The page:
How does the revenue opportunity breakout with your publisher platform?  Please discuss how you share revenue with clients.

A set-up fee and a monthly technology fee support the publishing platform while a revenue share model supports the network. Currently most local governments have a web presence that is visited on average by 11% of the residents. We help by providing them the platform to help increase engagement to over 25%.  Our goal is to help local governments realize a profit in the first year of implementation by adding the ability to increase resident engagement on the site and introduce online monetization.

Can you envision a local government ad network? Is there any pushback at this stage to adding display ad banners to local government websites?

Absolutely, we see our publishing platform enabling the creation of a local government ad network that provides premium advertisers an ideal brand safe and targeted audience. Local governments see the advantage of taking the proven private sector model and using it to raise revenue, rather than taxes. As a result, we have seen very little pushback on adding display advertisement to their site. We have also built in quality and privacy checks that ensure the advertisers are safe and relevant to the community. We are committed to supporting local business and have a dedicated unit for local advertisers which local governments see as a great way to promote their local businesses and help them succeed.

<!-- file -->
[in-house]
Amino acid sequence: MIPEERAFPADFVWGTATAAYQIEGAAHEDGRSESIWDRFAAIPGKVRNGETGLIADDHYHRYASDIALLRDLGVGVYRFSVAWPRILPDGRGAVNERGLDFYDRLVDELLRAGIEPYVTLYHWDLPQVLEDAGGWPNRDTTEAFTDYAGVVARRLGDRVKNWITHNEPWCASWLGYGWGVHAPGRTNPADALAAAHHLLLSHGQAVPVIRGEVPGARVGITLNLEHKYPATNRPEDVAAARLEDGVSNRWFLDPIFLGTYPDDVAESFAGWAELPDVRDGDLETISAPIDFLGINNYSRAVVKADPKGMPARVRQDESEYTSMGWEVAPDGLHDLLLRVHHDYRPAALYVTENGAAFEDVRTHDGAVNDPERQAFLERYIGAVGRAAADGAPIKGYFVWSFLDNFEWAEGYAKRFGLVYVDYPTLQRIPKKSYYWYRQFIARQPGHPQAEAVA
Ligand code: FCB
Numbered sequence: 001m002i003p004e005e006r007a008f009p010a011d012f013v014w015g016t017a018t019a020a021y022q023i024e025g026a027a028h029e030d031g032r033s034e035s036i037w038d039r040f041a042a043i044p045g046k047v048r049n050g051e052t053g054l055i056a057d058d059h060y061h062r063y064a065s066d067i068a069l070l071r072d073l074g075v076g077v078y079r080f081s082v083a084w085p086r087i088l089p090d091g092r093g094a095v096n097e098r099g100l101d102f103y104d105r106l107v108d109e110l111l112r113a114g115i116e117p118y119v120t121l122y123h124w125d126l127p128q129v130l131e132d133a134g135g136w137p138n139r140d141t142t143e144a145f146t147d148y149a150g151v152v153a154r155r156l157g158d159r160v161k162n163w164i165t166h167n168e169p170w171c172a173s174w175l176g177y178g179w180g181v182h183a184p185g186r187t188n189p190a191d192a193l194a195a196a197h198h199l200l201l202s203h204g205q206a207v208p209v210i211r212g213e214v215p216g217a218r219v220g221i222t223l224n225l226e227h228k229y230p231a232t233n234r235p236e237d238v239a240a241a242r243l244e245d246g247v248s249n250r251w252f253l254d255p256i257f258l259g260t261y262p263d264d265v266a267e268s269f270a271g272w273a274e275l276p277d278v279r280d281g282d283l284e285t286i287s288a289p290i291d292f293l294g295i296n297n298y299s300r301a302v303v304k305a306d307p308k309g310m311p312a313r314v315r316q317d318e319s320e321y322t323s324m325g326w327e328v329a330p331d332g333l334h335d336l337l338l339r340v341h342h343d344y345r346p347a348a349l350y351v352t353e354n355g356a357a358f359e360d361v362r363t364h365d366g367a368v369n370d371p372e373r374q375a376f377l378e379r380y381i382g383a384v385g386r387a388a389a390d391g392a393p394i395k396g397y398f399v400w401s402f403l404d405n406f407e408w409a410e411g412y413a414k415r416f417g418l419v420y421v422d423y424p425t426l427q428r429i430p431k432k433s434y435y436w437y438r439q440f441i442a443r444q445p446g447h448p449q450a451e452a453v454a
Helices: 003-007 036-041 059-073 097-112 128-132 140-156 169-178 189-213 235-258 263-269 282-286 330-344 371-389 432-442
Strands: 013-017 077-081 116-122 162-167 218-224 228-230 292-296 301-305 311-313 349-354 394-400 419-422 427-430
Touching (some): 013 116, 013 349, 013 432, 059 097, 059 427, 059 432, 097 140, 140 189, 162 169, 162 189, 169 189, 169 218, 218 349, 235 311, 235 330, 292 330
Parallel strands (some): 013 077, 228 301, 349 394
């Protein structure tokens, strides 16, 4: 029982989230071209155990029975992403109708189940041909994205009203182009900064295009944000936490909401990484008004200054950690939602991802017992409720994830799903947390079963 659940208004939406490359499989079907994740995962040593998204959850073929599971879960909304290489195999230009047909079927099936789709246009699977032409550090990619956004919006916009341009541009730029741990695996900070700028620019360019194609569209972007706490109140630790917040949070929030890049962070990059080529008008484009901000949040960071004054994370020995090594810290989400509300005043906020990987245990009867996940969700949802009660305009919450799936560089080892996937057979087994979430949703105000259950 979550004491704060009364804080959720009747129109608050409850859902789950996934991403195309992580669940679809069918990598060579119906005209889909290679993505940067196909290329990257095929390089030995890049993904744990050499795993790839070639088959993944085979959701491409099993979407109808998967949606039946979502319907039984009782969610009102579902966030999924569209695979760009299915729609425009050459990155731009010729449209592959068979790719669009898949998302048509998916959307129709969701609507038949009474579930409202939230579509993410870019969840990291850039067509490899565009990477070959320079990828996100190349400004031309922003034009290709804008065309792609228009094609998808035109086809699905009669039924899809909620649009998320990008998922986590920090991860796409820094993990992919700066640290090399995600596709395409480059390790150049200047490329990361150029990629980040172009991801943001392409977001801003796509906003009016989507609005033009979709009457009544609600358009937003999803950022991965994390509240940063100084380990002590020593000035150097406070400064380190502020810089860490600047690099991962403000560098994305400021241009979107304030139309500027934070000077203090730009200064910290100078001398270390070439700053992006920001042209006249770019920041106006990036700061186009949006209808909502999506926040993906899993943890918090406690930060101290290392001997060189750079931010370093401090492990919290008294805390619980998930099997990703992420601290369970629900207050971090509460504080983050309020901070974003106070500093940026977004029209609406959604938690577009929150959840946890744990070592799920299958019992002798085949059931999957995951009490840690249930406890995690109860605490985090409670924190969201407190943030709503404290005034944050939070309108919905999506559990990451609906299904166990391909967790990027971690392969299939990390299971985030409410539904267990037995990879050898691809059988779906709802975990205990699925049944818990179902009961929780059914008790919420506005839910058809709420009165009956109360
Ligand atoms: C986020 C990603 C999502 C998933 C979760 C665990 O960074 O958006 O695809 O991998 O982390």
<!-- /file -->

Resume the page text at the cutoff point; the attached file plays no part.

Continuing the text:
Follow MainStreetSocial (@mainstsocial) and AdExchanger.com (@adexchanger) on Twitter.

Must Read

Comic: TFW Disney+ Goes AVOD

Disney Expands Its Audience Graph And Clean Room Tech Beyond The US